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Former daily editor dies while snorkelling on ‘trip of a lifetime’

Gareth WeekesA former regional daily editor has died aged 77 while snorkelling on holiday.

Tributes have been paid to Gareth Weekes, who spent six years in charge of the Bournemouth Echo as well as stints editing weekly newspapers in Devon and Wiltshire.

Gareth, pictured, was in the Caribbean at the time of his death on Wednesday 8 March.

According to his family, the “keen sailor was enjoying the trip of a lifetime aboard a beautiful yacht” with Alison, his wife of 17 years and herself a former journalist.

His eldest daughter Veryan Cranston, 49, said: “Dad died as he lived – taking risks, having adventures, exploring the world and approaching life with boundless enthusiasm and a gung-ho zest for new experiences.

“We are glad he was having those adventures right up till the end.”

Cardiff-born Gareth’s father Philip Weekes was a mining engineer who served as South Wales area director of the National Coal Board.

Gareth spent most of his adolescence in South Wales, aside from brief stints in Orpington and Nigeria, and worked for a firm of solicitors before building a career as a journalist.

He edited the Tavistock Times Gazette before moving to the Salisbury Journal in 1983, subsequently taking the reins at the Echo from 1990 to 1996.

Under his leadership, the paper became the first in the country to offer a paedophile register, allowing organisations working with children to check the records of those applying for jobs with them.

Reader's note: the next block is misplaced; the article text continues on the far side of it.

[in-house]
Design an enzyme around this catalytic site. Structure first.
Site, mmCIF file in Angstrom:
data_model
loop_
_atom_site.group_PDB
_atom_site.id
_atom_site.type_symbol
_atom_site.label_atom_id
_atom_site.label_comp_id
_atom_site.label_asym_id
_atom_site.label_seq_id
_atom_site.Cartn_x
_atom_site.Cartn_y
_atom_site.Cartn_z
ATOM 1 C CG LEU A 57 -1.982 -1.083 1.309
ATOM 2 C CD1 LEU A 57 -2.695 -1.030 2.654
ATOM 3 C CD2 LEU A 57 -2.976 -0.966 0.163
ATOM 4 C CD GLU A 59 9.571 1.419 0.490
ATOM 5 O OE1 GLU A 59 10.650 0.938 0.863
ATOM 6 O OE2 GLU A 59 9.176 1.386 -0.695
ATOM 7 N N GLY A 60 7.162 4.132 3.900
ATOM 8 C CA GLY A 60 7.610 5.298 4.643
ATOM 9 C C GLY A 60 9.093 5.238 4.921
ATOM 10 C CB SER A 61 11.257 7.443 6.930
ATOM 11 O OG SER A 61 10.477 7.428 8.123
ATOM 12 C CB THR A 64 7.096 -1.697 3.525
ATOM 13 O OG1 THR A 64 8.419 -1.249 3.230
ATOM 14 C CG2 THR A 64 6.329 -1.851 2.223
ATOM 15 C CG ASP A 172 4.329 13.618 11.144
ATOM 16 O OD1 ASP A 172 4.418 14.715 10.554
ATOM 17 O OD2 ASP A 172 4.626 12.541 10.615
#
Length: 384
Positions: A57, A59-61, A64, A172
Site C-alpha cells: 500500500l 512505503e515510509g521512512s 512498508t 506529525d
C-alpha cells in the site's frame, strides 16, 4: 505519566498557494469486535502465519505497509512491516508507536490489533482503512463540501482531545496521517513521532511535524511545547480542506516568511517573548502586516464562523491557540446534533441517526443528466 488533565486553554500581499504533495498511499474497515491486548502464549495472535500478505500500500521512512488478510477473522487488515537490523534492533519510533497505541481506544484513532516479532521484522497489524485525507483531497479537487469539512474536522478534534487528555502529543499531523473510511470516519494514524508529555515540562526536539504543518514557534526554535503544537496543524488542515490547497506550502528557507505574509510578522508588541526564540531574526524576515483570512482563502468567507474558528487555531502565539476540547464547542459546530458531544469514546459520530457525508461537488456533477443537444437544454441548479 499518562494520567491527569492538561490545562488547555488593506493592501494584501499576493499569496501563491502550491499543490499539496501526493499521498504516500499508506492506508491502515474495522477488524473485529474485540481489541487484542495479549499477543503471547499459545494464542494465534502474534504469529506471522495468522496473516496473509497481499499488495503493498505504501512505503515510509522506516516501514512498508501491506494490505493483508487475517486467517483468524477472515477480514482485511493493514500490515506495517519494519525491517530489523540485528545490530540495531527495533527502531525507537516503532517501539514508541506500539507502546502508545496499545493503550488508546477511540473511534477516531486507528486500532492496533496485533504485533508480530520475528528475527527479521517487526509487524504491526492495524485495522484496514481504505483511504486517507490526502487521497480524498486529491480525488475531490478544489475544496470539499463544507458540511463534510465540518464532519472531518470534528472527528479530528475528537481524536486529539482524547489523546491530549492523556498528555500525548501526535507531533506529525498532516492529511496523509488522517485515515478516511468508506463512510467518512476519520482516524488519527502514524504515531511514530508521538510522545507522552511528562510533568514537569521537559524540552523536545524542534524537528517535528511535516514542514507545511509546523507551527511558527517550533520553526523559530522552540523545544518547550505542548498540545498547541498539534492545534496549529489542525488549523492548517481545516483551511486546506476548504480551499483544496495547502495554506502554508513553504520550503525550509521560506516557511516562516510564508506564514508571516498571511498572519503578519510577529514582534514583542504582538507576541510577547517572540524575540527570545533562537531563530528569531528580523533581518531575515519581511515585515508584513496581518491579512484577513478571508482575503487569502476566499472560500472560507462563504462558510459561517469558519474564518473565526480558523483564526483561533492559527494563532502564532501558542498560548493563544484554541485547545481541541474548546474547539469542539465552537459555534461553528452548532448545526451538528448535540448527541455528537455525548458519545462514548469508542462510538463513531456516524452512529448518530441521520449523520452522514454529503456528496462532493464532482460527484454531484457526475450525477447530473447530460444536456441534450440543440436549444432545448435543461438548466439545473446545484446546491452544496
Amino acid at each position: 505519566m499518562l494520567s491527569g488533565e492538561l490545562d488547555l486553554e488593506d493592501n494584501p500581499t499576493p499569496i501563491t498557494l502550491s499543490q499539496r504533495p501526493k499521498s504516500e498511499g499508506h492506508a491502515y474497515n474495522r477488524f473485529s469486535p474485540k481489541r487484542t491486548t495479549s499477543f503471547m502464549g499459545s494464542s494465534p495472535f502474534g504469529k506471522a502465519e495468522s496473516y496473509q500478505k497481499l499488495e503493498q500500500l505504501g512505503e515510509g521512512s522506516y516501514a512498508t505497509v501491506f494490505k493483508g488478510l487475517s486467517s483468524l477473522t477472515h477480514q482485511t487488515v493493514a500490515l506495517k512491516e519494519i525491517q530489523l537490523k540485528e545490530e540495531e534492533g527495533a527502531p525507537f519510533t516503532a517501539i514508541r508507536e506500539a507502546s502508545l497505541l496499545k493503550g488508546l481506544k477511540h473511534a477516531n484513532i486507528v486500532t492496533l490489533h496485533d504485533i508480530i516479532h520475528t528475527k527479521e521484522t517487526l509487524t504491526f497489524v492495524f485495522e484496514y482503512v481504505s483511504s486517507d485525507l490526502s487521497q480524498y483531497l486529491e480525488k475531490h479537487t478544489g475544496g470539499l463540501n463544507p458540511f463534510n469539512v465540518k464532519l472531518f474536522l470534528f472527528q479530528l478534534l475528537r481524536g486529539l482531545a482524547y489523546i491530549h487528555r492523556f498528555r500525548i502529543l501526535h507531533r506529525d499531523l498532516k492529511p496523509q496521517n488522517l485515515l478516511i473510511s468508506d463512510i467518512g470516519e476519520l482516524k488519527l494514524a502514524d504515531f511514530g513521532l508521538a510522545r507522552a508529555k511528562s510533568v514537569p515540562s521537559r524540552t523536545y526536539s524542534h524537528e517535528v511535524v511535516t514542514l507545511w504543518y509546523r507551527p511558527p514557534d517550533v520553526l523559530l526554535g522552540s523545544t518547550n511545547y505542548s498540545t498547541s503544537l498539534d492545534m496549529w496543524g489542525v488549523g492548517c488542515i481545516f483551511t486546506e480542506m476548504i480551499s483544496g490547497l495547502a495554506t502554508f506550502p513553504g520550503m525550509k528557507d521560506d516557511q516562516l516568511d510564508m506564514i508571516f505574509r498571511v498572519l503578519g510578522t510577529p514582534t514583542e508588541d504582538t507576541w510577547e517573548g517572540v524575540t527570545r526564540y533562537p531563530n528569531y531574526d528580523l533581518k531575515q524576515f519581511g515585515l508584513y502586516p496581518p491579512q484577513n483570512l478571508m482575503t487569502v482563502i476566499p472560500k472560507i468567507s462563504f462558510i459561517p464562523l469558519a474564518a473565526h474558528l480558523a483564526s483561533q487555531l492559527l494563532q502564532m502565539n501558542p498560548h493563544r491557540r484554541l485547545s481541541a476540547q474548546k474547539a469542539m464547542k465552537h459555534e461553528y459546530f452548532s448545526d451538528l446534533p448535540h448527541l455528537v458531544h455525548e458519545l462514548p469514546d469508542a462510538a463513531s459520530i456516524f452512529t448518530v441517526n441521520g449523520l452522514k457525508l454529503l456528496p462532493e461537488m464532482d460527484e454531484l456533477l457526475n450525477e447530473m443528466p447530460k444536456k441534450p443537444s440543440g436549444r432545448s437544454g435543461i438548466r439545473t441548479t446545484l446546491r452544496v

He was married to primary school teacher Diane Weekes for 35 years until her death in 2004.

The couple had three children – Veryan, Bronwen and Jenna.

In 1998 Gareth set up the PR consultancy Deep South Media, which is now run by his friend and former colleague Ron Wain.

He was named South West Entrepreneur of the Year in the 2004 Chamber Awards.

In 2007 he married Alison Hulls, a lifelong friend and a school friend of Diane’s and the couple lived in Clayhidon, Devon.

Gareth and Alison had worked together as journalists on the Hendon and Finchley Times in North-West London when he was just 20.

They shared a flat with her first husband, BBC war cameraman Brian Hulls, and stayed friends throughout their careers.

Alison said: “We were proud of our work supporting those without a voice, exposing fraud and corruption and responsibly recording life as it happened.

“Absolutely everyone described Gareth as a lovely man. He had enormous integrity and empathy with each person he met and this is reflected in the overwhelming reaction to his tragic and sudden death.”

His daughter Jenna Fansa, 43, who also worked as a journalist at the Echo and joined him at Deep South, said: “Dad took a very genuine interest in everyone he met – together with his wit and engaging writing style, this made him a very talented journalist.

“Kindness ran through everything he did. He was a wonderful father. We are so very lucky to have had him.”

Gareth also had two stepchildren, Poz Watson and Maddie Flint, and 11 grandchildren. He is survived by his sisters Carolyn Arthurs and Jane Revill.

His brother Huw Weekes, a journalist and newsreader for HTV Wales, died tragically in 2001.